I'm not going to lie to you, my expectations for Guitar Hero: Van Halen were extremely low. It's not just the fact that this is the sixth console "Hero" game this year and I have only a passing interest in the band. Instead I worried that the release date (a mere three days before Christmas) was a sign of weakness. Also troubling was the company giving the game away for free for simply buying the $60 Guitar Hero 5 disc. I went in to this game with the lowest of low expectations, I figured that just as long as the game doesn't blow up my system I would be impressed. Sadly I'm forced to report that Guitar Hero: Van Halen is even more underwhelming than I could have ever imagined. It makes a strong argument for why Activision should not continue to make band-specific Guitar Hero games.
You would think that Van Halen would be the perfect choice for a Guitar Hero game. After all, Eddie Van Halen is one of the very best guitarists in rock music (a mainstay on guitar magazine top ten lists). In the band's almost 40 years rocking, they've managed to sell some 90 million albums and become the band with the most number-one hits on the Billboard Mainstream Rock charts. They've been inducted into the Rock and Roll Hall of Fame and have influenced an entire generation of musicians. What more could you want for a game called Guitar Hero?
Guitar Hero: Van Halen is a fundamentally flawed project that manages to misuse this once-great band every step of the way. This is a half-assed entry in the series, the type of game that feels more like a cynical cash-in than an organic video game project. While I've never been a huge Van Halen fan, even I can see that this band deserves better than what this game offers. Guitar Hero: Van Halen should be a wake-up call for Activision going into the new year, if they want to keep this franchise afloat they best avoid releasing products like this.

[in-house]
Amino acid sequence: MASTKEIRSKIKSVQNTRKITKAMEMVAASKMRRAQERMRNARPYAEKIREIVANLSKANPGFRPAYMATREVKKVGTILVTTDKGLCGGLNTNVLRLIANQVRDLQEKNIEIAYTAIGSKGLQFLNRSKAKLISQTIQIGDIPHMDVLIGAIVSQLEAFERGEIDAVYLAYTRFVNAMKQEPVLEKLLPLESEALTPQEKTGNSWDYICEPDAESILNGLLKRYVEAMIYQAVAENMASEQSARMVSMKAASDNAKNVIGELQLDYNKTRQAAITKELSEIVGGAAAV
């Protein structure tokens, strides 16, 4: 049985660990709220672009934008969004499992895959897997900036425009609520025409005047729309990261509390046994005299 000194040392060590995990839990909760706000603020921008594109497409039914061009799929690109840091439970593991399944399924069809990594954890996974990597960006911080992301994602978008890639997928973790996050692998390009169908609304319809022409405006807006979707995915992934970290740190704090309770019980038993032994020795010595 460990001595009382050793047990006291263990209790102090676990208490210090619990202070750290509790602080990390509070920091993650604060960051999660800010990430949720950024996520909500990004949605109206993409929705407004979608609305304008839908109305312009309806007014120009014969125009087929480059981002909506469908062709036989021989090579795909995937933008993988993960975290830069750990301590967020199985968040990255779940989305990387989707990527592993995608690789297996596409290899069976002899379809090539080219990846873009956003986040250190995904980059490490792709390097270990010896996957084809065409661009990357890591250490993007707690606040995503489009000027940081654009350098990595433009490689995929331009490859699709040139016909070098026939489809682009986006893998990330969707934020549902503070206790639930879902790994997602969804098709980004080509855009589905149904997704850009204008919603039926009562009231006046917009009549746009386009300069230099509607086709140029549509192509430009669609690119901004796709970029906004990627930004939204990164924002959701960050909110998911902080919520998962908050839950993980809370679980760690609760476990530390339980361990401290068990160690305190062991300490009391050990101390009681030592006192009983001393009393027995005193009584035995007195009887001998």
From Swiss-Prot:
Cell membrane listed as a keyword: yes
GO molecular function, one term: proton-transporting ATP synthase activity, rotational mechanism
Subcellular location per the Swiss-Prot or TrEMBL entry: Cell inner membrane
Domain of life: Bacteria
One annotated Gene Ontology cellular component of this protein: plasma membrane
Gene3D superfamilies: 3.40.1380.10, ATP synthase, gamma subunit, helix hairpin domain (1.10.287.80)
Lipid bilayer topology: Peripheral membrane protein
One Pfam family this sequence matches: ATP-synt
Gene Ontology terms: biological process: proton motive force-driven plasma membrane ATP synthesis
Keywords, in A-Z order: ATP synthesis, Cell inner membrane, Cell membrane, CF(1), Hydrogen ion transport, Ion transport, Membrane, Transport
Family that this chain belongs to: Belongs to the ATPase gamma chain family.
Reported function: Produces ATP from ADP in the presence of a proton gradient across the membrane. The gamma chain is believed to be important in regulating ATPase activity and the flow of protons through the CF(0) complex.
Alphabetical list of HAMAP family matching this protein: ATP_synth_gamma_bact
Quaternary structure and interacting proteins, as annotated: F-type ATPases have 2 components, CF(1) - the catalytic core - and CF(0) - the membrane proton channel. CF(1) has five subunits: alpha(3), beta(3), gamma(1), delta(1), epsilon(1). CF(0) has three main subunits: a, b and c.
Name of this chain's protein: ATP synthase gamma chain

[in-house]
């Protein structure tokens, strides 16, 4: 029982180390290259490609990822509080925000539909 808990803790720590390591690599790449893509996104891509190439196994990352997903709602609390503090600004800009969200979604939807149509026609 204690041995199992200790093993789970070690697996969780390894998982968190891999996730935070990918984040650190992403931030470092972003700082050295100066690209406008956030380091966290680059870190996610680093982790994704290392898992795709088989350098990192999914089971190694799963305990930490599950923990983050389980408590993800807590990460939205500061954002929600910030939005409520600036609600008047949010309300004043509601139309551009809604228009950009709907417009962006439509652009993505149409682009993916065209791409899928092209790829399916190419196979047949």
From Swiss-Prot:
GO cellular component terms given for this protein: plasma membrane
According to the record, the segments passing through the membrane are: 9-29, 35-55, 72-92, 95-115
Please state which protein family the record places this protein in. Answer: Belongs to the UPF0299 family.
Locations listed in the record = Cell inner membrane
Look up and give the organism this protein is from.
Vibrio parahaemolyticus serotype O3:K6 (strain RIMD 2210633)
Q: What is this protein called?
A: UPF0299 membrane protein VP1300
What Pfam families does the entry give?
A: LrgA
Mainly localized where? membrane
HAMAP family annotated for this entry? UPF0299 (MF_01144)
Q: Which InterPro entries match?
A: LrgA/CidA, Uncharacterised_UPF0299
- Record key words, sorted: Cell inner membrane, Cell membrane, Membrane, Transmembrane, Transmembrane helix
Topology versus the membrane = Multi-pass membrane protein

This isn't the first band-specific game Activision has released. Over the last two years they have provided us with both Guitar Hero: Aerosmith and Metallica. While neither of those games were perfect, at least they offered a comprehensive set list of both new and old songs from their respective artists. That's not the case here. In this Van Halen edition you get 28 songs from the band, ranging from their 1978 self-titled debut album to their 1984 album, also known as David Lee Roth's final Van Halen record. That's it. That's the band's entire span of music in Guitar Hero: Van Halen.
What is completely missing from this game are songs from either the Sammy Haggar or Gary Cherone eras of Van Halen. Oh sure, for a lot of people David Lee Roth will always be the best Van Halen singer, but it's hard to completely forget about two singers that kept the band together for more than 15 years. There's some genuinely good music in that eras and only focusing on David Lee Roth feels a bit shortsighted or, dare I say, incomplete. We don't even get songs from David Lee Roth and Eddie Van Halen's solo careers, something we saw in Guitar Hero: Aerosmith. Anybody looking for a complete Van Halen package will be extremely disappointed with what Activision has done to one of the biggest rock bands of all time.
To make matters worse, the developers of this game have decided not to include a story of any kind. None whatsoever. At no point in this game do you get context for why these songs are important or what Van Halen was all about. There are no videos adding insight or short vignettes that put everything into perspective. Heck, we don't even get digitally recreated versions of the band from the different eras. Instead of going back and giving us the big hair versions of the band from the late 1970s to early 1980s, Guitar Hero has decided to give us the aging portraits of these rock legends.
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